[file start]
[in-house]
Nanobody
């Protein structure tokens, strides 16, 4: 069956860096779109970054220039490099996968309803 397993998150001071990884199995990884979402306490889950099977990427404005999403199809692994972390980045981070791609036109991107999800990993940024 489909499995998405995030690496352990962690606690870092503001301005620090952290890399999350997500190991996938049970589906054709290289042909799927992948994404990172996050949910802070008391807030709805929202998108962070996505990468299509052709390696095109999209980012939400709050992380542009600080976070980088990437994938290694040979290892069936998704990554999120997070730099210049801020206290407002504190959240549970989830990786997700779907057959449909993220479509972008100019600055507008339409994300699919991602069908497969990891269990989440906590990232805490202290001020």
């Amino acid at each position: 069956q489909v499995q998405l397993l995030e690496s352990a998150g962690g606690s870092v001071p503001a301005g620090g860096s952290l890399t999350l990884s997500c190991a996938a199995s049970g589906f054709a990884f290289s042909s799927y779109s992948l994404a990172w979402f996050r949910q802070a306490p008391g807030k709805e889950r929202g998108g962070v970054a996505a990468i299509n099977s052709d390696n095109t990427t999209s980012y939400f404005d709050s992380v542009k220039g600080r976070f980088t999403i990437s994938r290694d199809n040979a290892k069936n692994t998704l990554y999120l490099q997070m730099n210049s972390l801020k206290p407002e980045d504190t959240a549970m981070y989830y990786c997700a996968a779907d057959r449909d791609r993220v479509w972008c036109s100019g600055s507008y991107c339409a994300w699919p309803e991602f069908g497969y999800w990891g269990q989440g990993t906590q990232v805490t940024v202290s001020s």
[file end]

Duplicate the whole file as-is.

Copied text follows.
[in-house]
Nanobody
């Protein structure tokens, strides 16, 4: 069956860096779109970054220039490099996968309803 397993998150001071990884199995990884979402306490889950099977990427404005999403199809692994972390980045981070791609036109991107999800990993940024 489909499995998405995030690496352990962690606690870092503001301005620090952290890399999350997500190991996938049970589906054709290289042909799927992948994404990172996050949910802070008391807030709805929202998108962070996505990468299509052709390696095109999209980012939400709050992380542009600080976070980088990437994938290694040979290892069936998704990554999120997070730099210049801020206290407002504190959240549970989830990786997700779907057959449909993220479509972008100019600055507008339409994300699919991602069908497969990891269990989440906590990232805490202290001020």
């Amino acid at each position: 069956q489909v499995q998405l397993l995030e690496s352990a998150g962690g606690s870092v001071p503001a301005g620090g860096s952290l890399t999350l990884s997500c190991a996938a199995s049970g589906f054709a990884f290289s042909s799927y779109s992948l994404a990172w979402f996050r949910q802070a306490p008391g807030k709805e889950r929202g998108g962070v970054a996505a990468i299509n099977s052709d390696n095109t990427t999209s980012y939400f404005d709050s992380v542009k220039g600080r976070f980088t999403i990437s994938r290694d199809n040979a290892k069936n692994t998704l990554y999120l490099q997070m730099n210049s972390l801020k206290p407002e980045d504190t959240a549970m981070y989830y990786c997700a996968a779907d057959r449909d791609r993220v479509w972008c036109s100019g600055s507008y991107c339409a994300w699919p309803e991602f069908g497969y999800w990891g269990q989440g990993t906590q990232v805490t940024v202290s001020s």